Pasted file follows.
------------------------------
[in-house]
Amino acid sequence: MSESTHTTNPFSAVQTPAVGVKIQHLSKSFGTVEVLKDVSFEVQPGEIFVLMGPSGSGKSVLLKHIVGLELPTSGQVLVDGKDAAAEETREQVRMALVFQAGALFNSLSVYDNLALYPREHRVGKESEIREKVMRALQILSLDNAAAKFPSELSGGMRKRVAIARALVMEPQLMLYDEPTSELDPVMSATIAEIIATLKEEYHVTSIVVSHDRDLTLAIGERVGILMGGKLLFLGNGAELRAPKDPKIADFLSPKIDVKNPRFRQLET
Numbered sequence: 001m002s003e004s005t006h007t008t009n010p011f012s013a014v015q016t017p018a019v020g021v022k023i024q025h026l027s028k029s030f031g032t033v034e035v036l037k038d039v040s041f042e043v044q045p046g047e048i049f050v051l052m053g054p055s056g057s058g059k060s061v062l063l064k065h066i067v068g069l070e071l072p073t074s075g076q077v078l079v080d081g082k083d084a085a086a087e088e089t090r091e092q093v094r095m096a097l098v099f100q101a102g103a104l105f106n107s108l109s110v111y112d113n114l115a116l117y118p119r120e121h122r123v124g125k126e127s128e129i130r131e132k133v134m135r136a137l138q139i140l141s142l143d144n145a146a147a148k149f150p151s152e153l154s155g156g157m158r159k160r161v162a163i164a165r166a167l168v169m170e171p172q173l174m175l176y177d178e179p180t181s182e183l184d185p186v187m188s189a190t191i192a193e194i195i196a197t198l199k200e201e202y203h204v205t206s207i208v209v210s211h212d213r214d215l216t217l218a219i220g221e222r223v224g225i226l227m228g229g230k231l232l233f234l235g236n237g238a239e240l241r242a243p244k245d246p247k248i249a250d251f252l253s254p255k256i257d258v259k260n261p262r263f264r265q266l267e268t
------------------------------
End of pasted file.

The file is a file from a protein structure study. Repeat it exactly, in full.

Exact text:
[in-house]
Amino acid sequence: MSESTHTTNPFSAVQTPAVGVKIQHLSKSFGTVEVLKDVSFEVQPGEIFVLMGPSGSGKSVLLKHIVGLELPTSGQVLVDGKDAAAEETREQVRMALVFQAGALFNSLSVYDNLALYPREHRVGKESEIREKVMRALQILSLDNAAAKFPSELSGGMRKRVAIARALVMEPQLMLYDEPTSELDPVMSATIAEIIATLKEEYHVTSIVVSHDRDLTLAIGERVGILMGGKLLFLGNGAELRAPKDPKIADFLSPKIDVKNPRFRQLET
Numbered sequence: 001m002s003e004s005t006h007t008t009n010p011f012s013a014v015q016t017p018a019v020g021v022k023i024q025h026l027s028k029s030f031g032t033v034e035v036l037k038d039v040s041f042e043v044q045p046g047e048i049f050v051l052m053g054p055s056g057s058g059k060s061v062l063l064k065h066i067v068g069l070e071l072p073t074s075g076q077v078l079v080d081g082k083d084a085a086a087e088e089t090r091e092q093v094r095m096a097l098v099f100q101a102g103a104l105f106n107s108l109s110v111y112d113n114l115a116l117y118p119r120e121h122r123v124g125k126e127s128e129i130r131e132k133v134m135r136a137l138q139i140l141s142l143d144n145a146a147a148k149f150p151s152e153l154s155g156g157m158r159k160r161v162a163i164a165r166a167l168v169m170e171p172q173l174m175l176y177d178e179p180t181s182e183l184d185p186v187m188s189a190t191i192a193e194i195i196a197t198l199k200e201e202y203h204v205t206s207i208v209v210s211h212d213r214d215l216t217l218a219i220g221e222r223v224g225i226l227m228g229g230k231l232l233f234l235g236n237g238a239e240l241r242a243p244k245d246p247k248i249a250d251f252l253s254p255k256i257d258v259k260n261p262r263f264r265q266l267e268t